A Mobile Computer‐Assisted Education System to Promote Smoking Cessation for Hospitalized Patients

1Johns Hopkins Bayview Medical Center, Baltimore, MD
2Johns Hopkins University School of Medicine, Baltimore, MD
3Johns Hopkins University School of Medicine, Baltimore, MD
4Johns Hopkins Hospital, Baltimore, MD

Meeting: Hospital Medicine 2010, April 8-11, Washington, D.C.

Abstract number: 81

Background:

Tobacco smoking is the leading preventable cause of death in the United States, Most interventions for hospitalized smokers have used some combination of physician advice to quit, behavioral counseling, and self‐help materials including booklets, audiotapes, and videotapes. Mobile communication technology has the advantage of being interactive and can be tailored to patients' preferred learning styles and disease experience; however, it has not previously been systematically assessed in the hospital setting.

Methods:

A previously developed curriculum about the hazards of smoking was adapted for use in the computer‐assisted education (CO‐ED) system. In the CO‐ED system, brief educational statements about the effects of smoking and the advantages of quitting are presented, each followed by a multiple–choice question about the material. When the correct answer is chosen, users are congratulated and directed to the next educational statement. When the question is answered incorrectly, users are given an opportunity to review the material and reattempt the question. For this pilot study, inpatients at 2 urban academic hospitals were screened for smoking status, and a sample of smokers was then approached to participate. Participants completed a set of questions about demographics, prior experience with mobile devices, and knowledge about the effects of smoking before and after using the system. A research assistant provided patients with a touch‐screen tablet PC and trained them how to use the self‐paced CO‐ED module. Patients spent up to 45 minutes using the system.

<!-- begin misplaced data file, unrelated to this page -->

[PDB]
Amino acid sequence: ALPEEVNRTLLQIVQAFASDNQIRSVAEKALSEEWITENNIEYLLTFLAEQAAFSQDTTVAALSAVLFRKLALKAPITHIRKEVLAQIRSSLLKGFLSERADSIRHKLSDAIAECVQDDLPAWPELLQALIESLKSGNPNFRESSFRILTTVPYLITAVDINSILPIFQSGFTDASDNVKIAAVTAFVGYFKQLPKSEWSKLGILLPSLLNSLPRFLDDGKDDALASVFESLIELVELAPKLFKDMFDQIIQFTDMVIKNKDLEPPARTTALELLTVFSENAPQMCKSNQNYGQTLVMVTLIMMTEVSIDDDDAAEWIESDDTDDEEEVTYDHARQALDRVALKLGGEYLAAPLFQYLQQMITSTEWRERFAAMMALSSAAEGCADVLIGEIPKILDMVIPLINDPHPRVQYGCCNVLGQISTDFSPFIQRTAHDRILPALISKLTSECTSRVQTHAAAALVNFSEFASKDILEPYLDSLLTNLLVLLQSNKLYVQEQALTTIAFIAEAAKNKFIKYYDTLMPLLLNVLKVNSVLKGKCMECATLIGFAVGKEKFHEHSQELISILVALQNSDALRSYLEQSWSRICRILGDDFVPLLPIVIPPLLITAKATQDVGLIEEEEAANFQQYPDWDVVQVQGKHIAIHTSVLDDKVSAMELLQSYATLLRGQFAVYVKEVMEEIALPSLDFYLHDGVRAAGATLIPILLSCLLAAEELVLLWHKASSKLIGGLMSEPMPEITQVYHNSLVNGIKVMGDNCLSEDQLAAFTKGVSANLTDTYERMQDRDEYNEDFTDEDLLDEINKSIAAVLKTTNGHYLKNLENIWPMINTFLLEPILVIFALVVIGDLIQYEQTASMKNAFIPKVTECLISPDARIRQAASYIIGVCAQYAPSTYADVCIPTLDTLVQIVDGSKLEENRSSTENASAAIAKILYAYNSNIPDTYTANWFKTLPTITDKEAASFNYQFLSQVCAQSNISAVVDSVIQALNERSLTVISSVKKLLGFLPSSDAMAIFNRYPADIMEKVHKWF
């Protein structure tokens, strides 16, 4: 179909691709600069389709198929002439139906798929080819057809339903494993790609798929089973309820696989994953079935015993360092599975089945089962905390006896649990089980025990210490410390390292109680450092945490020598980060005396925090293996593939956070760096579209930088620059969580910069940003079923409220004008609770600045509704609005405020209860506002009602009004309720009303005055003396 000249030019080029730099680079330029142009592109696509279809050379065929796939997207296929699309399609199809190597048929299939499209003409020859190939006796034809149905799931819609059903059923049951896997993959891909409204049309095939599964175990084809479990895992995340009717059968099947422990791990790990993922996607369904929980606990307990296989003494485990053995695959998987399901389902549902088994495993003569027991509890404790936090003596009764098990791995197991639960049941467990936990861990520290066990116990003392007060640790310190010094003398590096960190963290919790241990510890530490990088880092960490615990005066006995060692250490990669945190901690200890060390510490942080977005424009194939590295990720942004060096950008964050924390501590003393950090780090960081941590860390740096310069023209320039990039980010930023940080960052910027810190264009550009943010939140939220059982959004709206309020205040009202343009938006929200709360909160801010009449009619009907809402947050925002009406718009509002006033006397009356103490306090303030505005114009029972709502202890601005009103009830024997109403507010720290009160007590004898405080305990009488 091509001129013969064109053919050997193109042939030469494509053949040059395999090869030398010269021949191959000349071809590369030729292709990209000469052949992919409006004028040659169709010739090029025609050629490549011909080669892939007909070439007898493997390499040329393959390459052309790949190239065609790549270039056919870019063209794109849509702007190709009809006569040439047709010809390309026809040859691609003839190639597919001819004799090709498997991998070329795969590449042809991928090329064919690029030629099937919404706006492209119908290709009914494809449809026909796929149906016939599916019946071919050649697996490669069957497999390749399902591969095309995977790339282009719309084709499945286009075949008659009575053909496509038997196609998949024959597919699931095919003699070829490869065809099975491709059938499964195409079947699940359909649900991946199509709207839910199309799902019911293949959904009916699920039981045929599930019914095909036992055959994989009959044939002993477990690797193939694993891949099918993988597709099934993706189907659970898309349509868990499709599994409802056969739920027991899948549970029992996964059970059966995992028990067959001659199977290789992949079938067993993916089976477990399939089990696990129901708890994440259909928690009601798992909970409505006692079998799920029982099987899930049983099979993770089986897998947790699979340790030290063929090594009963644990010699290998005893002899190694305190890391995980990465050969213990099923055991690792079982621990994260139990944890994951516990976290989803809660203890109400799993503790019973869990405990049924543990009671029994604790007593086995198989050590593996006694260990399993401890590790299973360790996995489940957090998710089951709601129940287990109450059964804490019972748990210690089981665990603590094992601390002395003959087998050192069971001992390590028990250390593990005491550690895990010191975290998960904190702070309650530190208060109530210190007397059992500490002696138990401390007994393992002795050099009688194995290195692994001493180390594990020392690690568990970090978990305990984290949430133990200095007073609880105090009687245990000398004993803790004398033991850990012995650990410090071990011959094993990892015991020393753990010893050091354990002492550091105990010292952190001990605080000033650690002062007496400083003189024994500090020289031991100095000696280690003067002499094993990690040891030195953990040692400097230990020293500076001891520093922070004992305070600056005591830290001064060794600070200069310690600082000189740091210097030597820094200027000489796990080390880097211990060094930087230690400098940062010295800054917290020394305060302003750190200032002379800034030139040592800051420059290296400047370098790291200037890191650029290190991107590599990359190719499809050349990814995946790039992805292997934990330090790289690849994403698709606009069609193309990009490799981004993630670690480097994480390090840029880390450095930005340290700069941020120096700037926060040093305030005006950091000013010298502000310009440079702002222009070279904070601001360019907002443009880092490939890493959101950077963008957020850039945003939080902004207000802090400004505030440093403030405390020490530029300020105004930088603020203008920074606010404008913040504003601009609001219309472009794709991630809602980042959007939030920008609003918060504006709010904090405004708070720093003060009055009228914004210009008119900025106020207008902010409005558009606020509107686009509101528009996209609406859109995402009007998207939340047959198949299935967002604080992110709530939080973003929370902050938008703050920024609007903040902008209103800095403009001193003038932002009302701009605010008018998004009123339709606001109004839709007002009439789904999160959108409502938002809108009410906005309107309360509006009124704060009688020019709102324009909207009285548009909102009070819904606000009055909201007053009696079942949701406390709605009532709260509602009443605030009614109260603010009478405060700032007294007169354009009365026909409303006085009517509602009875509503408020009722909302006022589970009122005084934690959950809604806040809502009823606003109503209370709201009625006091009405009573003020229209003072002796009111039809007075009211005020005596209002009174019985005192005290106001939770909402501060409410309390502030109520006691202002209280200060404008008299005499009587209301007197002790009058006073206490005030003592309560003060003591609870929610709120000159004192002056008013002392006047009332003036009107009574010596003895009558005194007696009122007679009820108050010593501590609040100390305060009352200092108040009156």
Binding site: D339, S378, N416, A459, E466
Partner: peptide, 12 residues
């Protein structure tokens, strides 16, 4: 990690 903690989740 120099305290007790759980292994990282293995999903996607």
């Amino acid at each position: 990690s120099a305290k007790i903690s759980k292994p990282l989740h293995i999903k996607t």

Results:

A convenience sample of 17 hospitalized smokers used CO‐ED. The mean age was 46 years, and 53% were women. The subjects had smoked an average of 13 ± 2.2 cigarettes per day for 24 ± 3.3 years. Although about 65% of the participants had never used a computer or had only basic skills, 91% reported that the mobile touch screen was not complicated at all. More than 90% responded that they gained a very significant amount of new informalion. A pre–post comparison demonstrated significant improvement in the Knowledge score, with an average increase of 3.5 ± 3.1 points (P = 0.002) of a possible 35 points. Before using the system, 47%, 29%, and 24% of the participants responded that they were thinking about quitting smoking within the next 30 days, thinking about quitting within the next 6 months, or not thinking about quitting, respectively. After using the system, 65% were ready to quit within 30 days, 18% were ready to quit within 6 months, and 18% were still not thinking about quitting.

Conclusions:

The mobile touch‐screen system is a feasible way to educate patients about the hazards of smoking. This system may also be effective in other chronic conditions where patients can benefit from self‐management of their illnesses. Further research is needed regarding the cost effectiveness and long‐term effects of this patient education method in the hospital setting.

Author Disclosure:

A. Knight, none; J. Finkelstein, none; E. Cha, none; D. Brotman, none.

To cite this abstract:

Knight A, Finkelstein J, Cha E, Brotman D. A Mobile Computer‐Assisted Education System to Promote Smoking Cessation for Hospitalized Patients. Abstract published at Hospital Medicine 2010, April 8-11, Washington, D.C. Abstract 81. https://www.shmabstracts.com/abstract/a-mobile-computerassisted-education-system-to-promote-smoking-cessation-for-hospitalized-patients/. Accessed December 10, 2018.

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